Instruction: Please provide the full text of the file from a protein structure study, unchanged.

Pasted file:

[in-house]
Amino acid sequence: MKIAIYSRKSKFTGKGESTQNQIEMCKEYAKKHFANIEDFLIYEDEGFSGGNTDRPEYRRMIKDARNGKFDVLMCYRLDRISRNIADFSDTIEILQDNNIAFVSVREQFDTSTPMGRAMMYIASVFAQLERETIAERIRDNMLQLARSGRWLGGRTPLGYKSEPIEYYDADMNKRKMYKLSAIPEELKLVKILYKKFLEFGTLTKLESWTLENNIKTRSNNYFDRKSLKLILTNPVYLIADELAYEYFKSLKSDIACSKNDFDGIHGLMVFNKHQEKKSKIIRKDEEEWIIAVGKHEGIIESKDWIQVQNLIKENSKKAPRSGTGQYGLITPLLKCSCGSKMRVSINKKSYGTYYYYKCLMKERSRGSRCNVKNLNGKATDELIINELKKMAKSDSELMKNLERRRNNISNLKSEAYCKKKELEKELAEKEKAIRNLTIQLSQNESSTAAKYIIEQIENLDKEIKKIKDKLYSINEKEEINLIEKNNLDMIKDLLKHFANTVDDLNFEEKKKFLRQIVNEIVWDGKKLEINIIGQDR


[in-house]
Amino acid sequence: MKIAIYSRKSKFTGKGESTQNQIEMCKEYAKKHFANIEDFLIYEDEGFSGGNTDRPEYRRMIKDARNGKFDVLMCYRLDRISRNIADFSDTIEILQDNNIAFVSVREQFDTSTPMGRAMMYIASVFAQLERETIAERIRDNMLQLARSGRWLGGRTPLGYKSEPIEYYDADMNKRKMYKLSAIPEELKLVKILYKKFLEFGTLTKLESWTLENNIKTRSNNYFDRKSLKLILTNPVYLIADELAYEYFKSLKSDIACSKNDFDGIHGLMVFNKHQEKKSKIIRKDEEEWIIAVGKHEGIIESKDWIQVQNLIKENSKKAPRSGTGQYGLITPLLKCSCGSKMRVSINKKSYGTYYYYKCLMKERSRGSRCNVKNLNGKATDELIINELKKMAKSDSELMKNLERRRNNISNLKSEAYCKKKELEKELAEKEKAIRNLTIQLSQNESSTAAKYIIEQIENLDKEIKKIKDKLYSINEKEEINLIEKNNLDMIKDLLKHFANTVDDLNFEEKKKFLRQIVNEIVWDGKKLEINIIGQDR